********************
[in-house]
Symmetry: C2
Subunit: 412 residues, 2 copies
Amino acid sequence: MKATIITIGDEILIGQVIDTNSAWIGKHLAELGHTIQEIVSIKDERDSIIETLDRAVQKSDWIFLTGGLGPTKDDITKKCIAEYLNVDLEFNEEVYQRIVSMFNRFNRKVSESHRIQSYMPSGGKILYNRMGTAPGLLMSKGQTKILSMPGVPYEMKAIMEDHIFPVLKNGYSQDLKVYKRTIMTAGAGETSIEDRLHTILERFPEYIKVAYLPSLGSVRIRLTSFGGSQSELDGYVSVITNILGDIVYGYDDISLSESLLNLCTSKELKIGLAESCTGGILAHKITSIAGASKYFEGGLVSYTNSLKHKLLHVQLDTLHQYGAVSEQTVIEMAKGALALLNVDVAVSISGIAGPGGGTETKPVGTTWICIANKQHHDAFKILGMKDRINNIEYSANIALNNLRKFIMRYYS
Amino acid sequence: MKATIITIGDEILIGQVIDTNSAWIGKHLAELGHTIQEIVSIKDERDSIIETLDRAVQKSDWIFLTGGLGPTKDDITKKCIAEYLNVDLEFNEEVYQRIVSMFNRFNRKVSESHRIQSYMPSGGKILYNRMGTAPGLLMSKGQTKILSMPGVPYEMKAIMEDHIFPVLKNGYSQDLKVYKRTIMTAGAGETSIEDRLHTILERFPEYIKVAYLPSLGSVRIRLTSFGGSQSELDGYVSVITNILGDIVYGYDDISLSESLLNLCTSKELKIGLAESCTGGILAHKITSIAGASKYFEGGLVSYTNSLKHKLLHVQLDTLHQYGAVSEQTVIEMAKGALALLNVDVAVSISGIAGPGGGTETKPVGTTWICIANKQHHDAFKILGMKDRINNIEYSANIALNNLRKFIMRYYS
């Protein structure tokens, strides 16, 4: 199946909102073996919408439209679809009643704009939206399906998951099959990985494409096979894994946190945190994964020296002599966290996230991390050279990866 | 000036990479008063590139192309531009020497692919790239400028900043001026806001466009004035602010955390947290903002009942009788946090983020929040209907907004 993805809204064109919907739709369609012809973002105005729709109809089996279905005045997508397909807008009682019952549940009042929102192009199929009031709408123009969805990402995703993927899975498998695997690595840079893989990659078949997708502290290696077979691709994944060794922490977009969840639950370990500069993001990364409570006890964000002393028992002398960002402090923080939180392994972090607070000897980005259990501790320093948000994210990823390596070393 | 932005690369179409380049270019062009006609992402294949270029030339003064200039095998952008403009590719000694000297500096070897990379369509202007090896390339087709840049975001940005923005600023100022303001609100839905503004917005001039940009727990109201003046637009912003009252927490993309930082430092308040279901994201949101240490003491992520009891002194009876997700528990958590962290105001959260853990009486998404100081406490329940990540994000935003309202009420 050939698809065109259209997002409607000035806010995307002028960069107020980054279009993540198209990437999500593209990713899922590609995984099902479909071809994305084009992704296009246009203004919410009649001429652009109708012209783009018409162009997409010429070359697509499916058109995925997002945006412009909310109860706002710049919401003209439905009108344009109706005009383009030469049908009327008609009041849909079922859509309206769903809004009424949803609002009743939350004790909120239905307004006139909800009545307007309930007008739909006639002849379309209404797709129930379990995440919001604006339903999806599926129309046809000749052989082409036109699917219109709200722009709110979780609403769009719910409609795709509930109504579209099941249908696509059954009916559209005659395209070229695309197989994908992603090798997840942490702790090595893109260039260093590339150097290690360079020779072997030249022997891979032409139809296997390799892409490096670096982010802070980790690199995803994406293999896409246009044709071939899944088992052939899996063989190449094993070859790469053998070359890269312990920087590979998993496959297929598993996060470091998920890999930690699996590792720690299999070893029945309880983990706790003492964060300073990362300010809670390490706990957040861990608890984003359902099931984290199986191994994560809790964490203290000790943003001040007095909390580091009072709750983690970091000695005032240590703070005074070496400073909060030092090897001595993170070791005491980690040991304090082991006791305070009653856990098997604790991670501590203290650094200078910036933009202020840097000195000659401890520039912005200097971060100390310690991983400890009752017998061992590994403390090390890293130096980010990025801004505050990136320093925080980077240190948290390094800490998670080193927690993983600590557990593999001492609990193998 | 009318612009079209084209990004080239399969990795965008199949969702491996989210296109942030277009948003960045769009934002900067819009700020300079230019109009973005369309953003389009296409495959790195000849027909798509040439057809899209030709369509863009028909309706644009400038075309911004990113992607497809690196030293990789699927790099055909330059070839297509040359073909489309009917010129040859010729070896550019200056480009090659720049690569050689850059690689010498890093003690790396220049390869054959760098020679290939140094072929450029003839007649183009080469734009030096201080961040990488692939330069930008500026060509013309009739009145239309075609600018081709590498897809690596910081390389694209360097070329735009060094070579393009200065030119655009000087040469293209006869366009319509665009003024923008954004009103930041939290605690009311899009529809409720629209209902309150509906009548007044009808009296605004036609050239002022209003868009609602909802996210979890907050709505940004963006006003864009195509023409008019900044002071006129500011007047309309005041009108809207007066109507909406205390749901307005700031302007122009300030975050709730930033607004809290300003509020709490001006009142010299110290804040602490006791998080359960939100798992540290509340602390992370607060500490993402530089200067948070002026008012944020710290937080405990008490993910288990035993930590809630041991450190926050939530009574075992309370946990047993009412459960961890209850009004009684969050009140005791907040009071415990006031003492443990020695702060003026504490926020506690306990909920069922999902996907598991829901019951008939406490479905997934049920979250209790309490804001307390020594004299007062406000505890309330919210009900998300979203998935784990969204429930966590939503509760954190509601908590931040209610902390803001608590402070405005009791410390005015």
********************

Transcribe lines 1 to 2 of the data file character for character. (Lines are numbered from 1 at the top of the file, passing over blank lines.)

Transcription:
[in-house]
Symmetry: C2